cont https://www.dailypost.co.uk/news/north-wales-news/lloyds-halifax-bank-scotland-customers-28084911?IYA-reg=49560bcd-5a9c-47f0-8fc5-ba2e71710589

Offline SteveH

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Re: Consumer news and scams
« Reply #777 on: November 17, 2023, 09:59:18 am »
Common Black Friday scams and how to spot them if you've been duped

Two words that strike either complete joy or total dread in the run up to Chritsmas: Black Friday. It's the time of year that people use to find an incredible bargain and even those who don't like shopping can find a smidge of comfort in it as it means they can do all their Christmas buying and browsing online.

This year Black Friday falls on November 24 and even if you don't like shopping, it does offer good opportunities to ease the burden on seasonal budgets and deals are there to be snapped up.

Bargains are definitely there to be had - but where there's an opportunity, there's also a scammer looking to take advantage. Because whilst most of us are busy preparing lists of who to buy for, criminals will be preparing to strike as eager shoppers get swept up in the excitement of the season, cloning legitimate retail websites or offering shoddy or non-existent goods.

cont https://www.inyourarea.co.uk/news/how-to-avoid-getting-scammed-when-shopping-this-black-friday-and-christmas/

Offline SteveH

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Re: Consumer news and scams....Identity theft warning for Christmas shoppers
« Reply #778 on: November 28, 2023, 10:41:16 am »
Identity theft warning for Christmas shoppers and how you can avoid falling victim to fraudsters

Shoppers and businesses are being warned about a surge in fraud ahead of Christmas. Fraudulent attempts have spiked by over 20 per cent this year, and the trend is expected to peak during the festive shopping period, according to credit information company Experian.

Identity theft, also known as 'third party' fraud, where someone?s identity or personal details are used without their consent or knowledge, is on the rise. Fraudsters often target credit cards because they can get swift access to your funds, Experian says that there was a 22 per cent increase in this kind of crime between January and September 2023, compared with the same period last year.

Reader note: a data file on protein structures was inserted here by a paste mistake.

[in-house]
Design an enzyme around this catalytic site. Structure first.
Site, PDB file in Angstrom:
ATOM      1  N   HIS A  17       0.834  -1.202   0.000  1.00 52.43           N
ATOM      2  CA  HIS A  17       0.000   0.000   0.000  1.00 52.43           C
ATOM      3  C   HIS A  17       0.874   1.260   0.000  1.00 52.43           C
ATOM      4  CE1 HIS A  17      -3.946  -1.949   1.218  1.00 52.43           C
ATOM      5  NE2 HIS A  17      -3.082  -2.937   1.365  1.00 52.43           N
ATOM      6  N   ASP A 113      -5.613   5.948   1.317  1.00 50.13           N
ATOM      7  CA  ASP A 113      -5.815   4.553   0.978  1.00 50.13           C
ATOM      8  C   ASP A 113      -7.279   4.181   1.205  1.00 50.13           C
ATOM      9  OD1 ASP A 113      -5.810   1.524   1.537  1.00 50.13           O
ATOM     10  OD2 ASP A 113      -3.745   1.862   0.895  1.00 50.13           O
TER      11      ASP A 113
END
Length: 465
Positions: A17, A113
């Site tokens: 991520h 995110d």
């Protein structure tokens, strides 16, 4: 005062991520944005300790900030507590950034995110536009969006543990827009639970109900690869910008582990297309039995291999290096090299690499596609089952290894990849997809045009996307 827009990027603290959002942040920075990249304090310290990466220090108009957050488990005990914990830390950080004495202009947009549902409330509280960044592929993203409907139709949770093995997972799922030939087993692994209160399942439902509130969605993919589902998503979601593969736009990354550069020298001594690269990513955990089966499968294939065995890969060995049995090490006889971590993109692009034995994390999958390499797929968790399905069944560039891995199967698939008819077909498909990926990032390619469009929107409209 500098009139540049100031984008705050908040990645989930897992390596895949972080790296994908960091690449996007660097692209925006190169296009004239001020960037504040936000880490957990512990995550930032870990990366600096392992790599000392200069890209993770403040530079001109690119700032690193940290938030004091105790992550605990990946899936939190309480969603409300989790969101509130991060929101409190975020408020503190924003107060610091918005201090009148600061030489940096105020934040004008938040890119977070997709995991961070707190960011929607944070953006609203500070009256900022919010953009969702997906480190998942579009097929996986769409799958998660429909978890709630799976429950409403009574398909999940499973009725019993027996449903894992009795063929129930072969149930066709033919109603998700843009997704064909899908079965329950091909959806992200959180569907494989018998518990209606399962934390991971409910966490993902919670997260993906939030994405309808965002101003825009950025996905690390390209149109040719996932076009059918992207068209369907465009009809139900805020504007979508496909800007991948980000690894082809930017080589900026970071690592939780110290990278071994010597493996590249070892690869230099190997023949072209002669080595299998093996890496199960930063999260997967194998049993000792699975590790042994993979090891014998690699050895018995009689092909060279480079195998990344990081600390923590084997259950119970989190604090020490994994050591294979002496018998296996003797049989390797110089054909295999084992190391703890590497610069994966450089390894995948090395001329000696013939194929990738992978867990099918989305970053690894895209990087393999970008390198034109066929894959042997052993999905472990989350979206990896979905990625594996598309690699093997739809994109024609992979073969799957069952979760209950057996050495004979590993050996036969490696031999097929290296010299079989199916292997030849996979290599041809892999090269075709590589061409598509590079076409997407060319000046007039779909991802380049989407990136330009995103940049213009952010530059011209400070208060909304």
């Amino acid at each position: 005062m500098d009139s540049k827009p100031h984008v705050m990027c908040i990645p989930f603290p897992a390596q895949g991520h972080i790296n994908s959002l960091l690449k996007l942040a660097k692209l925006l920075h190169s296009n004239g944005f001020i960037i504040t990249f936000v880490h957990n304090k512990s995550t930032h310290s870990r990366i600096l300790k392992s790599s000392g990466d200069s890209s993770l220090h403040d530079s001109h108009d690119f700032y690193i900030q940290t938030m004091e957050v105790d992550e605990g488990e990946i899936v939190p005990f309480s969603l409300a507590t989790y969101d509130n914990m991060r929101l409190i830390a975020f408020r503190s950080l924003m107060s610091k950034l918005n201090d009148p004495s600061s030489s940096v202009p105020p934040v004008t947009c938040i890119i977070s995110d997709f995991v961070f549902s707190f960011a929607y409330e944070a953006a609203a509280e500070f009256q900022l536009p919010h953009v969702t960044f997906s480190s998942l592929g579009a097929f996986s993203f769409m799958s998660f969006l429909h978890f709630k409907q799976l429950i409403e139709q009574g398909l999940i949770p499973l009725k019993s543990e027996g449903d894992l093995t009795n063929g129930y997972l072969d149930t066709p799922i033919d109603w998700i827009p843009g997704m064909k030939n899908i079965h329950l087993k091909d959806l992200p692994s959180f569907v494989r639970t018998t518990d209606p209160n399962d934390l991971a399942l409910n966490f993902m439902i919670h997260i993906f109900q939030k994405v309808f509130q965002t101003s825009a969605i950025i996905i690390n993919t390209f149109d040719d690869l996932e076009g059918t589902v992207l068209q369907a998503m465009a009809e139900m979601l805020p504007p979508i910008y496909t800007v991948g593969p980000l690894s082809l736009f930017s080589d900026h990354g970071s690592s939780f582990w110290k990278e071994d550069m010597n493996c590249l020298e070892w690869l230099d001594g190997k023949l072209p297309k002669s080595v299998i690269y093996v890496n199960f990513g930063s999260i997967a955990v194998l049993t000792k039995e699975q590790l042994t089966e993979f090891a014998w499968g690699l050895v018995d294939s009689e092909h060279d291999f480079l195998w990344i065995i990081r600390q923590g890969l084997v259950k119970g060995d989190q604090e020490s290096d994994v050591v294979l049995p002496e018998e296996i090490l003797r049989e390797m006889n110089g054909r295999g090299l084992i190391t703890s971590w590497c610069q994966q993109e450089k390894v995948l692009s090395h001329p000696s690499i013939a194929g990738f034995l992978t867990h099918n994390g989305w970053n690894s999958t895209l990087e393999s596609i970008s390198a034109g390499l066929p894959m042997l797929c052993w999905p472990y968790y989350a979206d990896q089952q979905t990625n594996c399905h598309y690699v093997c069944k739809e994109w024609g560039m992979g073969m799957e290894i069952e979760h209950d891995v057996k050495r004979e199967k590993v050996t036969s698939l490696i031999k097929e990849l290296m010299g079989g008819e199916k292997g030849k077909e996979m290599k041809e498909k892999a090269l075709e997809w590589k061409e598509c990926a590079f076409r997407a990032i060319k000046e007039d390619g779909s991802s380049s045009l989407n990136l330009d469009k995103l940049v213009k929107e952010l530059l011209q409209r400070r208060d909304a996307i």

Eduardo Castro, managing director of Identity and Fraud at Experian UK and Ireland, said: ?The cost of being scammed by a fraudster is not just financial, as victims experience substantial distress too. All unsolicited messages should be approached cautiously unless they are sure it?s genuine, and if there is an offer online that seems too good to be true, it more than likely is.?

cont https://www.inyourarea.co.uk/news/identity-theft-warning-for-christmas-shoppers-and-how-you-can-avoid-falling-victim-to-fraudsters/

Offline SteveH

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Re: Consumer news and scams
« Reply #779 on: December 06, 2023, 10:11:42 am »
Fake Prime and Wonka chocolate bar warning from FSA

The Food Standards Agency (FSA) has issued a warning to consumers over fake branded chocolate bars.

The FSA is warning members of the public not to buy or eat fake ?Wonka Bars? or ?Prime? chocolate bars for safety reasons.

It comes following a recent incident at a Nottinghamshire market which saw some of those who ate the chocolate hospitalised.

Fake branded chocolate bars may be unsafe to eat, and there is a possibility they are being made or repackaged by unregistered businesses or criminals who will not follow hygiene, labelling and traceability laws.

With Christmas approaching, the FSA are urging people not to buy fake branded chocolate for friends or family.

Tina Potter, head of incidents at the FSA, said: ?Last year, fake Wonka Bars were removed from sale after having been found to contain allergens which weren?t listed on the label, posing a major health risk to anyone who suffers from a food allergy or intolerance.

cont https://www.northwalespioneer.co.uk/news/23970992.fake-prime-wonka-chocolate-bar-warning-fsa/